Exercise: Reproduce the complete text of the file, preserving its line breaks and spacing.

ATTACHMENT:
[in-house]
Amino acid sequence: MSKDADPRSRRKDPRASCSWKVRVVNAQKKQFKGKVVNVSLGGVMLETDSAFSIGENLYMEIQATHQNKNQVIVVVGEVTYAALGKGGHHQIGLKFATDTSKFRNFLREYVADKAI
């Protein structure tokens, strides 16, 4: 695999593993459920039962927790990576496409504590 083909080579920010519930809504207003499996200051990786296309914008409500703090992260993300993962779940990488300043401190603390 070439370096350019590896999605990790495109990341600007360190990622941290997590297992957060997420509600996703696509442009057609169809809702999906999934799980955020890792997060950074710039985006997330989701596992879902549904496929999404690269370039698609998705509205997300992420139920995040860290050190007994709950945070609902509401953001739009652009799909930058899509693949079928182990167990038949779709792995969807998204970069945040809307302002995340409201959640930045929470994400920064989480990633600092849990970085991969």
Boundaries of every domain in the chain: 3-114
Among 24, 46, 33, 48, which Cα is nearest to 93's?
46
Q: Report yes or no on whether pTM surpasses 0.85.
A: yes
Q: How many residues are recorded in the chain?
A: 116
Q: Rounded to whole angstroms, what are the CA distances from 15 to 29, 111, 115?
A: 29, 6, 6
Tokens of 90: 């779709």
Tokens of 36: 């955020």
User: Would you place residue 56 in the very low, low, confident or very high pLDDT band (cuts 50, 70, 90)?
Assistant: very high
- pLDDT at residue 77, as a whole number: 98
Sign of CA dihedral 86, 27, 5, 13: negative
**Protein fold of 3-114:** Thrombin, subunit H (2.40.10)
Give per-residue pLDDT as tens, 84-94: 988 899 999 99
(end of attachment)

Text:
[in-house]
Amino acid sequence: MSKDADPRSRRKDPRASCSWKVRVVNAQKKQFKGKVVNVSLGGVMLETDSAFSIGENLYMEIQATHQNKNQVIVVVGEVTYAALGKGGHHQIGLKFATDTSKFRNFLREYVADKAI
């Protein structure tokens, strides 16, 4: 695999593993459920039962927790990576496409504590 083909080579920010519930809504207003499996200051990786296309914008409500703090992260993300993962779940990488300043401190603390 070439370096350019590896999605990790495109990341600007360190990622941290997590297992957060997420509600996703696509442009057609169809809702999906999934799980955020890792997060950074710039985006997330989701596992879902549904496929999404690269370039698609998705509205997300992420139920995040860290050190007994709950945070609902509401953001739009652009799909930058899509693949079928182990167990038949779709792995969807998204970069945040809307302002995340409201959640930045929470994400920064989480990633600092849990970085991969």
Boundaries of every domain in the chain: 3-114
Among 24, 46, 33, 48, which Cα is nearest to 93's?
46
Q: Report yes or no on whether pTM surpasses 0.85.
A: yes
Q: How many residues are recorded in the chain?
A: 116
Q: Rounded to whole angstroms, what are the CA distances from 15 to 29, 111, 115?
A: 29, 6, 6
Tokens of 90: 């779709």
Tokens of 36: 């955020």
User: Would you place residue 56 in the very low, low, confident or very high pLDDT band (cuts 50, 70, 90)?
Assistant: very high
- pLDDT at residue 77, as a whole number: 98
Sign of CA dihedral 86, 27, 5, 13: negative
**Protein fold of 3-114:** Thrombin, subunit H (2.40.10)
Give per-residue pLDDT as tens, 84-94: 988 899 999 99